UM, NO I’M NOT!!
What was to follow… Let me just warn you first, I was not of sound mind or body because of the pain that was shortly to follow… the pain made me do it. I started to get really queasy, fast. My body temperature shot up, hot flushes came on thick and fast. I jumped off the bed and sat on the floor, just to feel the cold floor underneath me. Then I had to take off my top. I just had to. Yep, I yanked my top off in front of my doctor and nurse. The nurse quickly brought a bucket to me as I felt I was about to throw up. The pain in my uterus was growing bigger by the second, more… and more. I was literally withering on the floor in extreme pain. Seriously, I was curled up in the foetus position, moaning in agony.
(oh the embarrassment!)
The nurse then went and grabbed a wet cloth to try cool me down. Here I thought the HSG was bad… that was nothing compared to this! Oh minha madre! (oh mother of God!) I pretty much stayed in this state for up to an hour.
I could also hear in the back ground the doctor and the nurse, whisper that they have never had anyone have this type of reaction before. Well guess what ladies, not EVERYONE is the same and you are bound to have a first! My uterus is a very sensitive little soul, OK (…bullies).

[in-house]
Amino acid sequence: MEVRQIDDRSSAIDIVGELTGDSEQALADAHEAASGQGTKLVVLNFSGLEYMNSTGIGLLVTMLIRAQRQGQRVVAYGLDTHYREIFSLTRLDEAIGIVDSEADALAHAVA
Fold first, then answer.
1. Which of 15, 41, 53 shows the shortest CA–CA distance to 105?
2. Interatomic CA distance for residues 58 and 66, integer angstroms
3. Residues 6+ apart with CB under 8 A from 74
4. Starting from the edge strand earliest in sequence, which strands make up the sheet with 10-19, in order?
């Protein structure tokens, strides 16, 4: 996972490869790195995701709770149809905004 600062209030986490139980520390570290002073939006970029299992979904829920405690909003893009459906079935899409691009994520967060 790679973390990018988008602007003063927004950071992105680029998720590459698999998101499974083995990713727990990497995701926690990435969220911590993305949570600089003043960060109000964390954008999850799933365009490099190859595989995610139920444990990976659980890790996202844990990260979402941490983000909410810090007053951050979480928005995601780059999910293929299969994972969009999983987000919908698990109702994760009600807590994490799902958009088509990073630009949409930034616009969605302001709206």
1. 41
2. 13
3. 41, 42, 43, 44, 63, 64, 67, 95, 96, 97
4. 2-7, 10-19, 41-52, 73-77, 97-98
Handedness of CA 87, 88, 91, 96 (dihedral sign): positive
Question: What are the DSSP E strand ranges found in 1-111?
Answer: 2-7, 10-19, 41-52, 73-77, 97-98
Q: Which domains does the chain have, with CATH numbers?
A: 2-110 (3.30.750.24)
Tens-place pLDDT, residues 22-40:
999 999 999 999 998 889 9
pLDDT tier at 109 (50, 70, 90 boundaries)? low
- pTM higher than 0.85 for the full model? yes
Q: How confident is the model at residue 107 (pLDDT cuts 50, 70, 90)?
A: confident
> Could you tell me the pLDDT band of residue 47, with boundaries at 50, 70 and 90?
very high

Even though I had my mum in the waiting room, and my husband was at work, I never felt more alone. In some ways, going though this and the difficulty in trying to fall pregnant, I thought this was my punishment for maybe being a naughty daughter all these years, for being a bad friend & letting down people years ago and for being, well… just for being me. All those thoughts ran inside my head. And did for a long time. I thought I’m supposed to suffer alone. I know its a whole heap of crap, but when you going through a mental, emotional and soul destroying journey, you can’t help but be the most awful person to yourself. In some sick way, it comforts you. And you know that if you do it to yourself, no one else’s words can hurt you more.
Finally, the excruciating pain went away. The nurse put me in the recovery room and went and grabbed my mum. I explained what had happened to mum, she was left speechless. Believe me, this is a woman that always has something to say and if she was lost for words, well, I pretty much shocked her.
A few weeks later passed and I got the results. I definitely had NKC and it was extremely high.
CD56 (blood) and CD57 (uterus).
For the next cycle I was to be prescribed baby aspirin (which is basically any aspirin that is 80mg to 100mg), steroids (prednisolone – to start with 10mg, three times a day) and also clexane (which is an injection to thin your blood). All these are to suppress the NKC. I have to admit, hearing that there was finally (another) some sort of answer to my issue of not being able to fall or carry a pregnancy was kind of a relief.